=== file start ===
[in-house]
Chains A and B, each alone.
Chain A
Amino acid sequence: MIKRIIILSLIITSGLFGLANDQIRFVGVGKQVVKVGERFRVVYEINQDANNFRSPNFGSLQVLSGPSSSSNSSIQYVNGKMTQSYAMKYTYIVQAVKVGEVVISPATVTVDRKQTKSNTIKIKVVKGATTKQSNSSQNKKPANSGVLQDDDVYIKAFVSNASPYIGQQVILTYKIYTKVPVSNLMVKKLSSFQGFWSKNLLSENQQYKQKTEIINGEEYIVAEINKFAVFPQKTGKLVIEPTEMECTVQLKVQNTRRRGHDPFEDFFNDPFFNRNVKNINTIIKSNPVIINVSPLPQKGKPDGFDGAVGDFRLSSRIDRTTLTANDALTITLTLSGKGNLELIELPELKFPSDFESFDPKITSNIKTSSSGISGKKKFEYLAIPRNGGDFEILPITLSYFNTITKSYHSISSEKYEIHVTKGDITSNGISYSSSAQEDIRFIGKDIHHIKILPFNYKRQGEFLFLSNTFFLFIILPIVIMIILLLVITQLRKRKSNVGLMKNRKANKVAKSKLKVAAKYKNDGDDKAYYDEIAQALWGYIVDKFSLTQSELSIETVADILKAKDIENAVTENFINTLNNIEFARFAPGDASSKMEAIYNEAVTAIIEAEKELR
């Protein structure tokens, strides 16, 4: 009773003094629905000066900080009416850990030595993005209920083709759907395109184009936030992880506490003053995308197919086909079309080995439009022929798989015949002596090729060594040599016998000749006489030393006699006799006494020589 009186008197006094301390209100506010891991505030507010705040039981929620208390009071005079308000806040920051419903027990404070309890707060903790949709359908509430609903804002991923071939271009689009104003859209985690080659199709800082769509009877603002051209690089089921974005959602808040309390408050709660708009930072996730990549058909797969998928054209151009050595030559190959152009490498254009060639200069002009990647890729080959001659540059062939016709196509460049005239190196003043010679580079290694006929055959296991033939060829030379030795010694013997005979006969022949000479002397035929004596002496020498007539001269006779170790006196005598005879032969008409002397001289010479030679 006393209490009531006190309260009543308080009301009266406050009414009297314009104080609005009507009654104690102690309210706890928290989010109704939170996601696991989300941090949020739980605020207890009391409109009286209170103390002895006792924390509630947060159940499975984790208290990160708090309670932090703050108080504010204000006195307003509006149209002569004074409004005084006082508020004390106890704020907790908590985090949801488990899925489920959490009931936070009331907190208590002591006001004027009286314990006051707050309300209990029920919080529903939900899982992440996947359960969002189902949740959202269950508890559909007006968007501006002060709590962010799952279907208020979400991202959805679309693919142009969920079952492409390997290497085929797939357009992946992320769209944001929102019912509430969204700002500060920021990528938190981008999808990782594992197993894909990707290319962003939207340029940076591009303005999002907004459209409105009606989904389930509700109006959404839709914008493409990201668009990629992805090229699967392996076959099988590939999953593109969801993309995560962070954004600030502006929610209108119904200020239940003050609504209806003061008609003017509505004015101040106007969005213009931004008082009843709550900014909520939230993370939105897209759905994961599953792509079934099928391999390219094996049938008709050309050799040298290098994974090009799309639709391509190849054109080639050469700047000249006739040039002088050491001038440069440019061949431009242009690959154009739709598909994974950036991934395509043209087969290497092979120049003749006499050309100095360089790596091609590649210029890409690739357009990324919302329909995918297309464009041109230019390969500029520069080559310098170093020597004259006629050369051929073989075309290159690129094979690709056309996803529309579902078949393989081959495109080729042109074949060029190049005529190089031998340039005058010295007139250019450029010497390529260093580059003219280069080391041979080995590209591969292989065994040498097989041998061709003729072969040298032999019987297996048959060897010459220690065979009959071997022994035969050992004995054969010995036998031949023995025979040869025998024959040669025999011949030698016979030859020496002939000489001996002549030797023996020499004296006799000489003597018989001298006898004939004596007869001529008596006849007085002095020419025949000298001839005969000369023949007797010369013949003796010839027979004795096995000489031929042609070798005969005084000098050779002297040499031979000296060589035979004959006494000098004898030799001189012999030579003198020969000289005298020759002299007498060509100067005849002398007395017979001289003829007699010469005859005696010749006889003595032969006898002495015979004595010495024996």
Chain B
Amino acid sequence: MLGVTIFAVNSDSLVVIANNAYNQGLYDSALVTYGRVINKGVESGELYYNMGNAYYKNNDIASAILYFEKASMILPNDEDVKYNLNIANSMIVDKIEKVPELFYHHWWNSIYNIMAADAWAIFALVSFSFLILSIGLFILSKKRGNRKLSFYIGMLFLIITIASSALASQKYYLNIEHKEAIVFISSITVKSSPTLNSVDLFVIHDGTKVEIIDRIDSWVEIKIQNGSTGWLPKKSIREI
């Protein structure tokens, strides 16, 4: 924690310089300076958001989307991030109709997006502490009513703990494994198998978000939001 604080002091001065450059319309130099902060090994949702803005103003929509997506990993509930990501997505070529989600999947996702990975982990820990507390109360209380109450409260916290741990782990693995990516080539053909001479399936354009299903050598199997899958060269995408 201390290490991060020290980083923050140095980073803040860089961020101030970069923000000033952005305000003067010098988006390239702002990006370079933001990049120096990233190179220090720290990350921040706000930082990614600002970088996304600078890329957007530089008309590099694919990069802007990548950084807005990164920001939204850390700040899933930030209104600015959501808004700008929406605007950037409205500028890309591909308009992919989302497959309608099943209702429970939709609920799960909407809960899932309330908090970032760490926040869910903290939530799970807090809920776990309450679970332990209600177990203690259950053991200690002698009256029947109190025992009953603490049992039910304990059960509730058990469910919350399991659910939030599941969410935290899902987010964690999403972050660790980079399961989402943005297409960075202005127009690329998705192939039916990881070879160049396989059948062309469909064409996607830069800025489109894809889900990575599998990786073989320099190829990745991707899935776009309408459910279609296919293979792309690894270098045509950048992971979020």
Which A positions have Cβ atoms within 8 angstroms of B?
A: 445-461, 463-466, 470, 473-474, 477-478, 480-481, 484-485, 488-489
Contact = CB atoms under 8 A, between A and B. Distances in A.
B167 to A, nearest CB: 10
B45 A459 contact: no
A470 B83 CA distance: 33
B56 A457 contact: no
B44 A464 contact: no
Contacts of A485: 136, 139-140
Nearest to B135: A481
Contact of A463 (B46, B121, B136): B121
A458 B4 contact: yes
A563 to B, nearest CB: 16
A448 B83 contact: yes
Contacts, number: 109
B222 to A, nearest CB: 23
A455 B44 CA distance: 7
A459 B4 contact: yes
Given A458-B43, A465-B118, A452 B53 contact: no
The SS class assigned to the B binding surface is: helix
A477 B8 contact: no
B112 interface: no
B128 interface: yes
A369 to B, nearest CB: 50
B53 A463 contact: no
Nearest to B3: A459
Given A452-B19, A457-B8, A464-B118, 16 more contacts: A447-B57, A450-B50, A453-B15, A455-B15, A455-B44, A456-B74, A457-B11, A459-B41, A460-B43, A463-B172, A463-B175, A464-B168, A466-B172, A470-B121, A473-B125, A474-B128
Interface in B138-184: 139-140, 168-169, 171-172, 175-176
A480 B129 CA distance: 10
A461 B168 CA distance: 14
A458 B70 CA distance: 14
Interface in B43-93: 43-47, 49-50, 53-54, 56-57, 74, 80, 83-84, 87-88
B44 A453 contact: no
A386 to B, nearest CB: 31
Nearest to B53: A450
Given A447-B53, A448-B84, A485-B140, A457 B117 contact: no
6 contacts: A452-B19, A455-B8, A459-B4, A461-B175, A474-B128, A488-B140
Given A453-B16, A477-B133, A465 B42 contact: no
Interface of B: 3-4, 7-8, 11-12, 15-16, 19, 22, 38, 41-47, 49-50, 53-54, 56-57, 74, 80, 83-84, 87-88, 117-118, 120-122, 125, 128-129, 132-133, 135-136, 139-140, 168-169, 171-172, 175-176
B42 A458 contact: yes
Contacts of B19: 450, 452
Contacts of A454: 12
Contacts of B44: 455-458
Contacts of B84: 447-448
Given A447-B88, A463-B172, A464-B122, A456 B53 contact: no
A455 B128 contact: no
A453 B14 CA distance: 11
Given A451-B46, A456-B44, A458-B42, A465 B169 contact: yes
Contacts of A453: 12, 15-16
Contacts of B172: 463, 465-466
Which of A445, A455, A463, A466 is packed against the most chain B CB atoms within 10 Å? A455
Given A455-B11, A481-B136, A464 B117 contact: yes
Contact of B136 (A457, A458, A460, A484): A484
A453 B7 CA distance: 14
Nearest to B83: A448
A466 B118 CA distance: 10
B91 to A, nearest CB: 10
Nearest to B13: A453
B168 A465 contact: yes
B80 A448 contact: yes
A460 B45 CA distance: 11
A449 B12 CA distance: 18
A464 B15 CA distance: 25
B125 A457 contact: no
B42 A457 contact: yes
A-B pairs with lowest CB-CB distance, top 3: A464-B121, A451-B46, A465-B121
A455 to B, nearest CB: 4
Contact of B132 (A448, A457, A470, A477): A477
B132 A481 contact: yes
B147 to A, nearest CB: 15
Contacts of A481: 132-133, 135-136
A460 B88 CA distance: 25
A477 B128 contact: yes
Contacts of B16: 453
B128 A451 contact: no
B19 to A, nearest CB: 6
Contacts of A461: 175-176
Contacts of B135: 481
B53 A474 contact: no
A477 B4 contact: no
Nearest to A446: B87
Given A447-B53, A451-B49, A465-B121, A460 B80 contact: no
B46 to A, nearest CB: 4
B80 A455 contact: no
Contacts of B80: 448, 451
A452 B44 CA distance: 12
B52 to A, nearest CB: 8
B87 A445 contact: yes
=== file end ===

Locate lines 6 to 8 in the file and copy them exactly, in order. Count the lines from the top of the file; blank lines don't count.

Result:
Chain B
Amino acid sequence: MLGVTIFAVNSDSLVVIANNAYNQGLYDSALVTYGRVINKGVESGELYYNMGNAYYKNNDIASAILYFEKASMILPNDEDVKYNLNIANSMIVDKIEKVPELFYHHWWNSIYNIMAADAWAIFALVSFSFLILSIGLFILSKKRGNRKLSFYIGMLFLIITIASSALASQKYYLNIEHKEAIVFISSITVKSSPTLNSVDLFVIHDGTKVEIIDRIDSWVEIKIQNGSTGWLPKKSIREI
């Protein structure tokens, strides 16, 4: 924690310089300076958001989307991030109709997006502490009513703990494994198998978000939001 604080002091001065450059319309130099902060090994949702803005103003929509997506990993509930990501997505070529989600999947996702990975982990820990507390109360209380109450409260916290741990782990693995990516080539053909001479399936354009299903050598199997899958060269995408 201390290490991060020290980083923050140095980073803040860089961020101030970069923000000033952005305000003067010098988006390239702002990006370079933001990049120096990233190179220090720290990350921040706000930082990614600002970088996304600078890329957007530089008309590099694919990069802007990548950084807005990164920001939204850390700040899933930030209104600015959501808004700008929406605007950037409205500028890309591909308009992919989302497959309608099943209702429970939709609920799960909407809960899932309330908090970032760490926040869910903290939530799970807090809920776990309450679970332990209600177990203690259950053991200690002698009256029947109190025992009953603490049992039910304990059960509730058990469910919350399991659910939030599941969410935290899902987010964690999403972050660790980079399961989402943005297409960075202005127009690329998705192939039916990881070879160049396989059948062309469909064409996607830069800025489109894809889900990575599998990786073989320099190829990745991707899935776009309408459910279609296919293979792309690894270098045509950048992971979020």